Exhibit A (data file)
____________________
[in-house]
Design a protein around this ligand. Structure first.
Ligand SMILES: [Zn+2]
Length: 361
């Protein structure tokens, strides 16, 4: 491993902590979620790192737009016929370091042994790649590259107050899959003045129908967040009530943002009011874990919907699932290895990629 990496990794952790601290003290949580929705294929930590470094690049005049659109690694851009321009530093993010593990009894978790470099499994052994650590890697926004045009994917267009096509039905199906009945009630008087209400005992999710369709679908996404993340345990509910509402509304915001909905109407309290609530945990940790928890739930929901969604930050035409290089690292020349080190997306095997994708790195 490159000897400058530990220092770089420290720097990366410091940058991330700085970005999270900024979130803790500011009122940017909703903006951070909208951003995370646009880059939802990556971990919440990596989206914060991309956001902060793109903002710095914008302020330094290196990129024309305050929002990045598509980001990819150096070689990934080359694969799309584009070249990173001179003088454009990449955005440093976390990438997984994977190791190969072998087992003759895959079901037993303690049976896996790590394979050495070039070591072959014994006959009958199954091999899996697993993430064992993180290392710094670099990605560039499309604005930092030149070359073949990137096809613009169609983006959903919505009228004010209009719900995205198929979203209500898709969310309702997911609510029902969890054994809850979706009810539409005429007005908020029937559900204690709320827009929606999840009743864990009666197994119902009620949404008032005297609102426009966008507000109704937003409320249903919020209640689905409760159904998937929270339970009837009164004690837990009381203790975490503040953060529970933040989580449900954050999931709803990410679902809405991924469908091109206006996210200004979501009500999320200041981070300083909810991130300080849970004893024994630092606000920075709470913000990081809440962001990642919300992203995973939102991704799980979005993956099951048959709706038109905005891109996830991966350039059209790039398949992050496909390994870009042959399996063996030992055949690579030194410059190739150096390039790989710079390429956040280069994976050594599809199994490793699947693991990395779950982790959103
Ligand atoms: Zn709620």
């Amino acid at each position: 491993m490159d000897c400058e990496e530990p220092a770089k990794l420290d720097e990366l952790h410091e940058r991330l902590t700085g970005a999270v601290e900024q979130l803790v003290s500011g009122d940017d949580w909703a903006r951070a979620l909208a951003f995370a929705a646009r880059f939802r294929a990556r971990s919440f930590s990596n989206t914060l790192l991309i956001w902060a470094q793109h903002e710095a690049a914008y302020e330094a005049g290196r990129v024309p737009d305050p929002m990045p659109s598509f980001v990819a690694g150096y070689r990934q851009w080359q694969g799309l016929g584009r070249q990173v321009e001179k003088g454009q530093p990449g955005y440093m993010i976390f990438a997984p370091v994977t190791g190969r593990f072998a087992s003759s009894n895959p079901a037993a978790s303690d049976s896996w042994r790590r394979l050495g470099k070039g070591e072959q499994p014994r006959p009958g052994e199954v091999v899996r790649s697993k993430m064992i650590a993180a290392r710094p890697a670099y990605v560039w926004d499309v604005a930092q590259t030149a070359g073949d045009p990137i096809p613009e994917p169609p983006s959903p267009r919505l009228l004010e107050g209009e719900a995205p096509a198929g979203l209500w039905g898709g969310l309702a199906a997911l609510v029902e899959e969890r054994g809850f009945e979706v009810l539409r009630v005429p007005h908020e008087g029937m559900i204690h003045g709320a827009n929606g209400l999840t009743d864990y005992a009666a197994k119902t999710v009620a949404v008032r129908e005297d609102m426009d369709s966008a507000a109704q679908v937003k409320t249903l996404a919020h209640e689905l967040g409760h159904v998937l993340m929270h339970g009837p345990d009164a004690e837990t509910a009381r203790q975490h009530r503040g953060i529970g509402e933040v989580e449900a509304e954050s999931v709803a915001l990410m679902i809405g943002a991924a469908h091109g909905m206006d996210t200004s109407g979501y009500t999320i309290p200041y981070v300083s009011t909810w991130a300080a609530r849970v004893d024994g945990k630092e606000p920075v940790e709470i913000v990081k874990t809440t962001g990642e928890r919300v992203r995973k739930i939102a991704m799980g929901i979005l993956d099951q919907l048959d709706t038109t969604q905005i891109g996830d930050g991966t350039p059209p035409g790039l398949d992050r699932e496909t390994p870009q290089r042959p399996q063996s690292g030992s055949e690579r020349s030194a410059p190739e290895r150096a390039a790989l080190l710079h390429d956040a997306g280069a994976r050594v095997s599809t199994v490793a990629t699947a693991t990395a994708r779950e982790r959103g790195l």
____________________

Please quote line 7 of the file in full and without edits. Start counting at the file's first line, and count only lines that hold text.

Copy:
């Amino acid at each position: 491993m490159d000897c400058e990496e530990p220092a770089k990794l420290d720097e990366l952790h410091e940058r991330l902590t700085g970005a999270v601290e900024q979130l803790v003290s500011g009122d940017d949580w909703a903006r951070a979620l909208a951003f995370a929705a646009r880059f939802r294929a990556r971990s919440f930590s990596n989206t914060l790192l991309i956001w902060a470094q793109h903002e710095a690049a914008y302020e330094a005049g290196r990129v024309p737009d305050p929002m990045p659109s598509f980001v990819a690694g150096y070689r990934q851009w080359q694969g799309l016929g584009r070249q990173v321009e001179k003088g454009q530093p990449g955005y440093m993010i976390f990438a997984p370091v994977t190791g190969r593990f072998a087992s003759s009894n895959p079901a037993a978790s303690d049976s896996w042994r790590r394979l050495g470099k070039g070591e072959q499994p014994r006959p009958g052994e199954v091999v899996r790649s697993k993430m064992i650590a993180a290392r710094p890697a670099y990605v560039w926004d499309v604005a930092q590259t030149a070359g073949d045009p990137i096809p613009e994917p169609p983006s959903p267009r919505l009228l004010e107050g209009e719900a995205p096509a198929g979203l209500w039905g898709g969310l309702a199906a997911l609510v029902e899959e969890r054994g809850f009945e979706v009810l539409r009630v005429p007005h908020e008087g029937m559900i204690h003045g709320a827009n929606g209400l999840t009743d864990y005992a009666a197994k119902t999710v009620a949404v008032r129908e005297d609102m426009d369709s966008a507000a109704q679908v937003k409320t249903l996404a919020h209640e689905l967040g409760h159904v998937l993340m929270h339970g009837p345990d009164a004690e837990t509910a009381r203790q975490h009530r503040g953060i529970g509402e933040v989580e449900a509304e954050s999931v709803a915001l990410m679902i809405g943002a991924a469908h091109g909905m206006d996210t200004s109407g979501y009500t999320i309290p200041y981070v300083s009011t909810w991130a300080a609530r849970v004893d024994g945990k630092e606000p920075v940790e709470i913000v990081k874990t809440t962001g990642e928890r919300v992203r995973k739930i939102a991704m799980g929901i979005l993956d099951q919907l048959d709706t038109t969604q905005i891109g996830d930050g991966t350039p059209p035409g790039l398949d992050r699932e496909t390994p870009q290089r042959p399996q063996s690292g030992s055949e690579r020349s030194a410059p190739e290895r150096a390039a790989l080190l710079h390429d956040a997306g280069a994976r050594v095997s599809t199994v490793a990629t699947a693991t990395a994708r779950e982790r959103g790195l």